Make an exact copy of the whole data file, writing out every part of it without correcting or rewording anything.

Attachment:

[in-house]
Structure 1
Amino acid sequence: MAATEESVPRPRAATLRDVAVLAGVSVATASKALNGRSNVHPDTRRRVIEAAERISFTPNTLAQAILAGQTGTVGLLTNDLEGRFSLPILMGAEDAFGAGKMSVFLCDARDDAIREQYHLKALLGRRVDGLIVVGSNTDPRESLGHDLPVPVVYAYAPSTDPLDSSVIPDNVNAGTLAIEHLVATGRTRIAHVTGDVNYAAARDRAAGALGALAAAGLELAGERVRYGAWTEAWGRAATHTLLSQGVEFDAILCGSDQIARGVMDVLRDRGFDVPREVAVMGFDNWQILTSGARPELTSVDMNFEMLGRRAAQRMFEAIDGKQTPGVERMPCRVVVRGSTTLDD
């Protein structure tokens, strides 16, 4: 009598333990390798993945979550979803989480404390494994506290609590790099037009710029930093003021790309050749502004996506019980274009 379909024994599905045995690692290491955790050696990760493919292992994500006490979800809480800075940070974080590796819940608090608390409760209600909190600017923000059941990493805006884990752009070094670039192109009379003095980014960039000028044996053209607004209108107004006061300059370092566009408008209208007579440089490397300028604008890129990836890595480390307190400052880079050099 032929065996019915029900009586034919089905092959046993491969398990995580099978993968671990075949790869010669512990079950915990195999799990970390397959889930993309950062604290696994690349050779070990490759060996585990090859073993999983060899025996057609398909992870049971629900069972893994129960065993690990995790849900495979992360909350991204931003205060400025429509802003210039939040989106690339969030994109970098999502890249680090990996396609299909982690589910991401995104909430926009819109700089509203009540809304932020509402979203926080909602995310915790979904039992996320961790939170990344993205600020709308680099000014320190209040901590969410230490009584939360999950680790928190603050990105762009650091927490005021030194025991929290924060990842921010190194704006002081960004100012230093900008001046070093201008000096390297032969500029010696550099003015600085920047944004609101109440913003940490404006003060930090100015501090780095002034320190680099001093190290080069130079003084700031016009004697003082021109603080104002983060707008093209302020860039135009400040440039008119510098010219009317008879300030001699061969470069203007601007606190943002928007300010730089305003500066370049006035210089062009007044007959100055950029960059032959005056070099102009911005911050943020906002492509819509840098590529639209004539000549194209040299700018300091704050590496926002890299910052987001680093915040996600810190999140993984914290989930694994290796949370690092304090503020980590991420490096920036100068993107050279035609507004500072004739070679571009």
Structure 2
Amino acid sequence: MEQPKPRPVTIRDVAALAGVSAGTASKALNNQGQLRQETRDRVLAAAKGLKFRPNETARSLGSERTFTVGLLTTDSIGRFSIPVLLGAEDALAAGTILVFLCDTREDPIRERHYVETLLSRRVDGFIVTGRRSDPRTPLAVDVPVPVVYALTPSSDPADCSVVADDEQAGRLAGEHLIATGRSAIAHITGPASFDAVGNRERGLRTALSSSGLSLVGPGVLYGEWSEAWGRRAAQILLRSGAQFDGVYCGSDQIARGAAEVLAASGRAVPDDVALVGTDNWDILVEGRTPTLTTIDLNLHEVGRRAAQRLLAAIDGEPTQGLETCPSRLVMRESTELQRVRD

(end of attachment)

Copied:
[in-house]
Structure 1
Amino acid sequence: MAATEESVPRPRAATLRDVAVLAGVSVATASKALNGRSNVHPDTRRRVIEAAERISFTPNTLAQAILAGQTGTVGLLTNDLEGRFSLPILMGAEDAFGAGKMSVFLCDARDDAIREQYHLKALLGRRVDGLIVVGSNTDPRESLGHDLPVPVVYAYAPSTDPLDSSVIPDNVNAGTLAIEHLVATGRTRIAHVTGDVNYAAARDRAAGALGALAAAGLELAGERVRYGAWTEAWGRAATHTLLSQGVEFDAILCGSDQIARGVMDVLRDRGFDVPREVAVMGFDNWQILTSGARPELTSVDMNFEMLGRRAAQRMFEAIDGKQTPGVERMPCRVVVRGSTTLDD
């Protein structure tokens, strides 16, 4: 009598333990390798993945979550979803989480404390494994506290609590790099037009710029930093003021790309050749502004996506019980274009 379909024994599905045995690692290491955790050696990760493919292992994500006490979800809480800075940070974080590796819940608090608390409760209600909190600017923000059941990493805006884990752009070094670039192109009379003095980014960039000028044996053209607004209108107004006061300059370092566009408008209208007579440089490397300028604008890129990836890595480390307190400052880079050099 032929065996019915029900009586034919089905092959046993491969398990995580099978993968671990075949790869010669512990079950915990195999799990970390397959889930993309950062604290696994690349050779070990490759060996585990090859073993999983060899025996057609398909992870049971629900069972893994129960065993690990995790849900495979992360909350991204931003205060400025429509802003210039939040989106690339969030994109970098999502890249680090990996396609299909982690589910991401995104909430926009819109700089509203009540809304932020509402979203926080909602995310915790979904039992996320961790939170990344993205600020709308680099000014320190209040901590969410230490009584939360999950680790928190603050990105762009650091927490005021030194025991929290924060990842921010190194704006002081960004100012230093900008001046070093201008000096390297032969500029010696550099003015600085920047944004609101109440913003940490404006003060930090100015501090780095002034320190680099001093190290080069130079003084700031016009004697003082021109603080104002983060707008093209302020860039135009400040440039008119510098010219009317008879300030001699061969470069203007601007606190943002928007300010730089305003500066370049006035210089062009007044007959100055950029960059032959005056070099102009911005911050943020906002492509819509840098590529639209004539000549194209040299700018300091704050590496926002890299910052987001680093915040996600810190999140993984914290989930694994290796949370690092304090503020980590991420490096920036100068993107050279035609507004500072004739070679571009």
Structure 2
Amino acid sequence: MEQPKPRPVTIRDVAALAGVSAGTASKALNNQGQLRQETRDRVLAAAKGLKFRPNETARSLGSERTFTVGLLTTDSIGRFSIPVLLGAEDALAAGTILVFLCDTREDPIRERHYVETLLSRRVDGFIVTGRRSDPRTPLAVDVPVPVVYALTPSSDPADCSVVADDEQAGRLAGEHLIATGRSAIAHITGPASFDAVGNRERGLRTALSSSGLSLVGPGVLYGEWSEAWGRRAAQILLRSGAQFDGVYCGSDQIARGAAEVLAASGRAVPDDVALVGTDNWDILVEGRTPTLTTIDLNLHEVGRRAAQRLLAAIDGEPTQGLETCPSRLVMRESTELQRVRD